Executed former Iraqi president Saddam Hussein's Sunni tribal allies moved his body from a family plot eight months ago, fearful that Shi'ite militias would harm it, a tribal leader has said.
The caution paid off for Saddam's supporters and perhaps Iraq, where tensions between Sunnis and Shi'ites would certainly explode into even more violence if any harm is done to the corpse of a man who still commands the respect of his sect.
A leader from Saddam's Albu Nasir tribe and a police official said that Shi'ite militiamen broke into the grave site, tore down photographs of the former Iraqi leader and then set the area on fire.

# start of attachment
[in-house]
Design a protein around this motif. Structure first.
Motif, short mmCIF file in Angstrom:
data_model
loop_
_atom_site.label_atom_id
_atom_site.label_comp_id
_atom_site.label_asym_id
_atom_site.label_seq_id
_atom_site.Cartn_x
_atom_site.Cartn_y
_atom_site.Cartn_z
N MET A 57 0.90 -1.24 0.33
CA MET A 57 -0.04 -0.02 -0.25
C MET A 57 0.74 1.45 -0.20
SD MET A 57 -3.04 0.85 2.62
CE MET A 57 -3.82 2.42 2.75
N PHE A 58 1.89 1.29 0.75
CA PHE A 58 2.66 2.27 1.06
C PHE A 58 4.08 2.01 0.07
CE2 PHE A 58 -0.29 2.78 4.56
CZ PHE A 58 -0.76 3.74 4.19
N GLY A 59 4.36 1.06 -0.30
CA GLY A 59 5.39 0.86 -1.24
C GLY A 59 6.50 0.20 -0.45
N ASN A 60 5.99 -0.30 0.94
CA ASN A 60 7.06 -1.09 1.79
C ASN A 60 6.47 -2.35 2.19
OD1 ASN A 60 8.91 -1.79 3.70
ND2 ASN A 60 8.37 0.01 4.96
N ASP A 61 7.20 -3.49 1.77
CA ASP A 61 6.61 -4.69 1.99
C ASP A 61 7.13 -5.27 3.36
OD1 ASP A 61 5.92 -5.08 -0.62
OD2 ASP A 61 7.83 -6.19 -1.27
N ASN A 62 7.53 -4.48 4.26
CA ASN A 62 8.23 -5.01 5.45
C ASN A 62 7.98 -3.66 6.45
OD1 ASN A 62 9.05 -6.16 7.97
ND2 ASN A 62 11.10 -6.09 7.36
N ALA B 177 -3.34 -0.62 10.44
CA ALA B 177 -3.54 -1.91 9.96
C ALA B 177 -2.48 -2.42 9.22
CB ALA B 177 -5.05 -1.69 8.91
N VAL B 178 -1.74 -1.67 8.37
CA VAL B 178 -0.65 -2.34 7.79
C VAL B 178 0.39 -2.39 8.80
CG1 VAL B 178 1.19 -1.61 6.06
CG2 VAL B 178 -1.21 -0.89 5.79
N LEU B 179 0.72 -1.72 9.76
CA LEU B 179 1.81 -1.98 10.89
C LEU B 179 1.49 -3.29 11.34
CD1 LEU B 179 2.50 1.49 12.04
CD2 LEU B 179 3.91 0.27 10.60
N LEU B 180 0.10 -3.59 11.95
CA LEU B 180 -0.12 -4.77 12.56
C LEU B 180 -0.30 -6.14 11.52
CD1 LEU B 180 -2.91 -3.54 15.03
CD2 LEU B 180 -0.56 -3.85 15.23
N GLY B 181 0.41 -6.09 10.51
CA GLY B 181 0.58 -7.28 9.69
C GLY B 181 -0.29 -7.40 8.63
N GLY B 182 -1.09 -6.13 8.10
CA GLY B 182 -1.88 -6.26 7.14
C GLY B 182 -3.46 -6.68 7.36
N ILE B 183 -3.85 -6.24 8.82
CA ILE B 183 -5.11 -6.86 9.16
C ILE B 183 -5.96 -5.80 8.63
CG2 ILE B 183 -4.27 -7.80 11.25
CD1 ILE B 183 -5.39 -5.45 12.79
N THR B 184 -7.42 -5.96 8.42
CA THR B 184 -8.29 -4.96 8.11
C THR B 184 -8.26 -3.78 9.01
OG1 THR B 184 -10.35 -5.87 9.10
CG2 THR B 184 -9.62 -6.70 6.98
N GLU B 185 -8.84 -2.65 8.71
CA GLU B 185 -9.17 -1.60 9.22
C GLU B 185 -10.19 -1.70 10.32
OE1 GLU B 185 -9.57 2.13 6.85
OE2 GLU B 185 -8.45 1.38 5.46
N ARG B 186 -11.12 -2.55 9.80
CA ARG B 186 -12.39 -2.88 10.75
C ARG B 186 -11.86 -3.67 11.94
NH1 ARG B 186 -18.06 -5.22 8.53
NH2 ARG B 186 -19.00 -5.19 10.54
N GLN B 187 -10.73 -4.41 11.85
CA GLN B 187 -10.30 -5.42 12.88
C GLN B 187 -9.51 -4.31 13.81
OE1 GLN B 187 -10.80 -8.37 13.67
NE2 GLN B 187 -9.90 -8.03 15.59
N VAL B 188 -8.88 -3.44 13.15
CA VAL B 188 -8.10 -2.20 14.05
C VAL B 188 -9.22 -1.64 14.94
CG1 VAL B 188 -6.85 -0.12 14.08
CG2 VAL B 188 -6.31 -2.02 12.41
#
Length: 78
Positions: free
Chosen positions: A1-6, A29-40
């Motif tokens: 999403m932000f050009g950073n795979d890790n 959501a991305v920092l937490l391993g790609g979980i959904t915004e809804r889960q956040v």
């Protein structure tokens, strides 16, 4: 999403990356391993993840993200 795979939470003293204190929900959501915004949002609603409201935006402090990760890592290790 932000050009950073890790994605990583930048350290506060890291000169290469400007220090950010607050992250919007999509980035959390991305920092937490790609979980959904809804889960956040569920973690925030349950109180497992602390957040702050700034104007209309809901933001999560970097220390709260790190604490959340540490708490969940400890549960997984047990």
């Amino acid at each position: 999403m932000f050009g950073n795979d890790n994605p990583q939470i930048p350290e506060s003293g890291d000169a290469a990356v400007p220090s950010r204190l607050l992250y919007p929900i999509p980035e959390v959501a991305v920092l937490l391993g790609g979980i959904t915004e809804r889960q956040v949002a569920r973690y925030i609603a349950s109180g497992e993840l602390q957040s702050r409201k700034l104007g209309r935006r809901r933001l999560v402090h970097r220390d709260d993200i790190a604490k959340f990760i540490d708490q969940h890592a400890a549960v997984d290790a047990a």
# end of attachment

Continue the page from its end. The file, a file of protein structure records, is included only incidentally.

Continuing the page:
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"We had moved the body eight months ago to a safer place. We were afraid something would happen to him. Our fears proved true," said the tribal leader who asked not to be named.
"There were four of us that took up this mission. We could not move the bodies of Saddam's sons. We are afraid someone will desecrate those graves."
The tribal chief would not give details on where Saddam's body was taken. "We moved him to a place far from the hands of his enemies," he said. "Isn't it enough for them that they killed him once. Now they are afraid of his body."
Saddam was hanged in 2006 after being convicted of crimes against humanity for the killing of 148 Shi'ite villagers after a failed assassination bid in 1982.